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TitleLong-term carbon sequestration in North American peatlands
AuthorGorham, E; Lehman, C; Dyke, A; Clymo, R; Janssens, J
SourceQuaternary Science Reviews vol. 58, 2012 p. 77-82, https://doi.org/10.1016/j.quascirev.2012.09.018
Year2012
Alt SeriesEarth Sciences Sector, Contribution Series 20100261
PublisherElsevier
Documentserial
Lang.English
Mediapaper; on-line; digital
File formatpdf
ProvinceBritish Columbia; Alberta; Saskatchewan; Manitoba; Ontario; Quebec; New Brunswick; Nova Scotia; Prince Edward Island; Newfoundland and Labrador; Northwest Territories; Yukon; Nunavut
NTS1; 2; 3; 10; 11; 12; 13; 14; 15; 16; 20; 21; 22; 23; 24; 25; 26; 27; 28; 29; 30; 31; 32; 33; 34; 35; 36; 37; 38; 39; 40; 41; 42; 43; 44; 45; 46; 47; 48; 49; 52; 53; 54; 55; 56; 57; 58; 59; 62; 63; 64; 65; 66; 67; 68; 69; 72; 73; 74; 75; 76; 77; 78; 79; 82; 83; 84; 85; 86; 87; 88; 89; 92; 93; 94; 95; 96; 97; 98; 99; 102; 103; 104; 105; 106; 107; 114O; 114P; 115; 116; 117; 120; 340; 560
AreaCanada; United States
Lat/Long WENS-141.0000 -50.0000 90.0000 38.0000
Subjectssurficial geology/geomorphology; peat; peat analyses; peatlands; Holocene; organic carbon; ecosystems; Cenozoic; Quaternary
Illustrationslocation maps; tables; plots; spetra
ProgramPaleoenvironmental Perspectives on Climate Change, Climate Change Geoscience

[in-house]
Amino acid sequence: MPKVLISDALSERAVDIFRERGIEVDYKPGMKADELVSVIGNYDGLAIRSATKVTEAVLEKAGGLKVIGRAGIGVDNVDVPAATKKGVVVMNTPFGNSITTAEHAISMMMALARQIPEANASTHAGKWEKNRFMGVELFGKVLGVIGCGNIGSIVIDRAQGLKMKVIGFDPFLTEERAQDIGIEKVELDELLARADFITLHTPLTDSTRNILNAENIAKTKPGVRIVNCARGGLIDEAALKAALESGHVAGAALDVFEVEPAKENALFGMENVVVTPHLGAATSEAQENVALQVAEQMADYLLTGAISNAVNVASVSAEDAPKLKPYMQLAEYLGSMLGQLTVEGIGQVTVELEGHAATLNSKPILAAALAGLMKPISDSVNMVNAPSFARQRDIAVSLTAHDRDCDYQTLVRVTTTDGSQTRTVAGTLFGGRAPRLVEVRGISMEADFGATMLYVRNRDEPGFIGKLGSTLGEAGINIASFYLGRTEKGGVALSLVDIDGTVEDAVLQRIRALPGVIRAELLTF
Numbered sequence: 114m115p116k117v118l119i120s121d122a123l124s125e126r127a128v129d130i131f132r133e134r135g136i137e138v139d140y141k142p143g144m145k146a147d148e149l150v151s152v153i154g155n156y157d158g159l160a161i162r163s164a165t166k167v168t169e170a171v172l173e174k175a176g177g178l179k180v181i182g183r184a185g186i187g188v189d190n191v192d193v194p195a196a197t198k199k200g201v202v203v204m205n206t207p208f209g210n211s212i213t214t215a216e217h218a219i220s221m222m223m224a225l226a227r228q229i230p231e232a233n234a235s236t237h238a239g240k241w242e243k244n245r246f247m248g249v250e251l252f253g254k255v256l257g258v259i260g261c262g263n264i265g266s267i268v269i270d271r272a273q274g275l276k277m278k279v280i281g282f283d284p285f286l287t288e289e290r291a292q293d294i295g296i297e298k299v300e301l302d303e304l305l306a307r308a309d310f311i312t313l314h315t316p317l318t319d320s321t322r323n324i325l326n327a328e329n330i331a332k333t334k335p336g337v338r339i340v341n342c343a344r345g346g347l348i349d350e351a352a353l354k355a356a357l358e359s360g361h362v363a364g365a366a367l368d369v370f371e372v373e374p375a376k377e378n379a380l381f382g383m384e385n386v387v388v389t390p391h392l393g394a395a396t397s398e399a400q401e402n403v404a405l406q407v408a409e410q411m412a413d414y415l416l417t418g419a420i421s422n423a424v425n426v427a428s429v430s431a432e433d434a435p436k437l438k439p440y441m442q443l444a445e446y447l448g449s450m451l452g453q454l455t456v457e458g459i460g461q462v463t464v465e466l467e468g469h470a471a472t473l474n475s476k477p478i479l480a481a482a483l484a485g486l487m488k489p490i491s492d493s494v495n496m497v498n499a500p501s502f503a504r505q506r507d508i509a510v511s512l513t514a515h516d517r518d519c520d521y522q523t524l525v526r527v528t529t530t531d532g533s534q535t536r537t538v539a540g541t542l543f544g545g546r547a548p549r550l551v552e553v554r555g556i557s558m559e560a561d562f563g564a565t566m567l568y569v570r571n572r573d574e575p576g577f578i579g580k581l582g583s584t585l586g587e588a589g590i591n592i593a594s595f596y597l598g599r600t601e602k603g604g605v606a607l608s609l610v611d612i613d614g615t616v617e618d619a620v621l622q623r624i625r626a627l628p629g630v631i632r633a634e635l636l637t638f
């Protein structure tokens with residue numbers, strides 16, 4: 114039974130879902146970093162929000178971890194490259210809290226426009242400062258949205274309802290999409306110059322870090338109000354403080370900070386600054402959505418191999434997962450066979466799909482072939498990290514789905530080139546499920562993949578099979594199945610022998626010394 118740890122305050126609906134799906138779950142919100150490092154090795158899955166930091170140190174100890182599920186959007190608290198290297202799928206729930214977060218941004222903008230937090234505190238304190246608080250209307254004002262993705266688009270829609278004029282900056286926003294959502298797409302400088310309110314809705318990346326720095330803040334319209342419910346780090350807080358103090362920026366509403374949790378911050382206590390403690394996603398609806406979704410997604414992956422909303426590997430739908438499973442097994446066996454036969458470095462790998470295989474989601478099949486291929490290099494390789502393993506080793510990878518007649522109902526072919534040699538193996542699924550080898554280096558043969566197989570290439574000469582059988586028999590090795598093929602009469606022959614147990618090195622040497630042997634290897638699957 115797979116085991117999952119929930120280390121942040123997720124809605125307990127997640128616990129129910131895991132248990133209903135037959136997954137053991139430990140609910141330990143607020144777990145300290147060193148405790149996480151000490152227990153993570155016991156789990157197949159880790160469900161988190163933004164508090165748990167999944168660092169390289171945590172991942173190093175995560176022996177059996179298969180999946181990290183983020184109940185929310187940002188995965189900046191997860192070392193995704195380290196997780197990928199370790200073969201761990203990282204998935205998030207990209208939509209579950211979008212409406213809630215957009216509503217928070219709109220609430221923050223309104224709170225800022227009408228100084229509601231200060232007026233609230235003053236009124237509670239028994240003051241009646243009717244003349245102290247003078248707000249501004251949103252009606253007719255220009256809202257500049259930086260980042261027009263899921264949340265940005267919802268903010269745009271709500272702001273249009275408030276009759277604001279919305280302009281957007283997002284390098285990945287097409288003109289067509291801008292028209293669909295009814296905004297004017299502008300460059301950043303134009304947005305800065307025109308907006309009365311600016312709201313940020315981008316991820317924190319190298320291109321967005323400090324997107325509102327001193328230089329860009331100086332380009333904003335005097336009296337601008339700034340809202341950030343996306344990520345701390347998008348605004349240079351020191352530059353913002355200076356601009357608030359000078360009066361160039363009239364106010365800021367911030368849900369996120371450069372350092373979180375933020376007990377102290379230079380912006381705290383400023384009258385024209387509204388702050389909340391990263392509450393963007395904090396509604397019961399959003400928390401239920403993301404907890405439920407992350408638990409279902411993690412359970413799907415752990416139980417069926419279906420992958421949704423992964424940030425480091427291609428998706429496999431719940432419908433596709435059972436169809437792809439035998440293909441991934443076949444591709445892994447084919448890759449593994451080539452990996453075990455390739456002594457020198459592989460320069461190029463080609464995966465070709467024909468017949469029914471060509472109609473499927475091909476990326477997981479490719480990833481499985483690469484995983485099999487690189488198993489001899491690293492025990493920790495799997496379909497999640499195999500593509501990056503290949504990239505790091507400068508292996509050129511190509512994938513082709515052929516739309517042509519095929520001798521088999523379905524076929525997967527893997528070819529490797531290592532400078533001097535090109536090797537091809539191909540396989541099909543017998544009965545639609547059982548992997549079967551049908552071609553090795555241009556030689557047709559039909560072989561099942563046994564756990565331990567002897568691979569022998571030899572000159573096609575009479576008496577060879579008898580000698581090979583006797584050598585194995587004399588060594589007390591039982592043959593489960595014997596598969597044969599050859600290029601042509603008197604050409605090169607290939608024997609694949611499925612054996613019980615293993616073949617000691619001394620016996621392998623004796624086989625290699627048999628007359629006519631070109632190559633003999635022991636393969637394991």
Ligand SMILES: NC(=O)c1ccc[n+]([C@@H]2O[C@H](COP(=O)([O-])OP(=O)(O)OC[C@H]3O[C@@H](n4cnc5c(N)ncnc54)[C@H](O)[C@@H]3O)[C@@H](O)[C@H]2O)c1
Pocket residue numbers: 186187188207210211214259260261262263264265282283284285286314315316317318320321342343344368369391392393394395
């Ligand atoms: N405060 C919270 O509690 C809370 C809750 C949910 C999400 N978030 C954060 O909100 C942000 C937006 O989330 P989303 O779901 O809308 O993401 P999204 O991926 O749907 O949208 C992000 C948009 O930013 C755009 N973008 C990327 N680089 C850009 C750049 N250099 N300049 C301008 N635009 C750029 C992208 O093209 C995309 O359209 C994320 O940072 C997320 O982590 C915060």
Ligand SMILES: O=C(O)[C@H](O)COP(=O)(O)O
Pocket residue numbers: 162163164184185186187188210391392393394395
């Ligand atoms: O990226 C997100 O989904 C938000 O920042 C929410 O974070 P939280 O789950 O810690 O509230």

AbstractPeatland ecosystems store about 500e600 Pg of organic carbon, largely accumulated since the last glaciation. Whether they continue to sequester carbon or release it as greenhouse gases, perhaps in large amounts, is important in Earth's temperature dynamics. Given both ages and depths of numerous dated sample peatlands, their rate of carbon sequestration can be estimated throughout the Holocene. Here we use average values for carbon content per unit volume, the geographical extent of peatlands, and ecological models of peatland establishment and growth, to reconstruct the time-trajectory of peatland carbon sequestration in North America and project it into the future. Peatlands there contain w163 Pg of carbon. Ignoring effects of climate change and other major anthropogenic disturbances, the rate of carbon accumulation is projected to decline slowly over millennia as reduced net carbon accumulation in existing peatlands is largely balanced by new peatland establishment. Peatlands are one of few longterm terrestrial carbon sinks, probably important for global carbon regulation in future generations. This study contributes to a better understanding of these ecosystems that will assist their inclusion in earth-system models, and therefore their management to maintain carbon storage during climate change.
GEOSCAN ID287137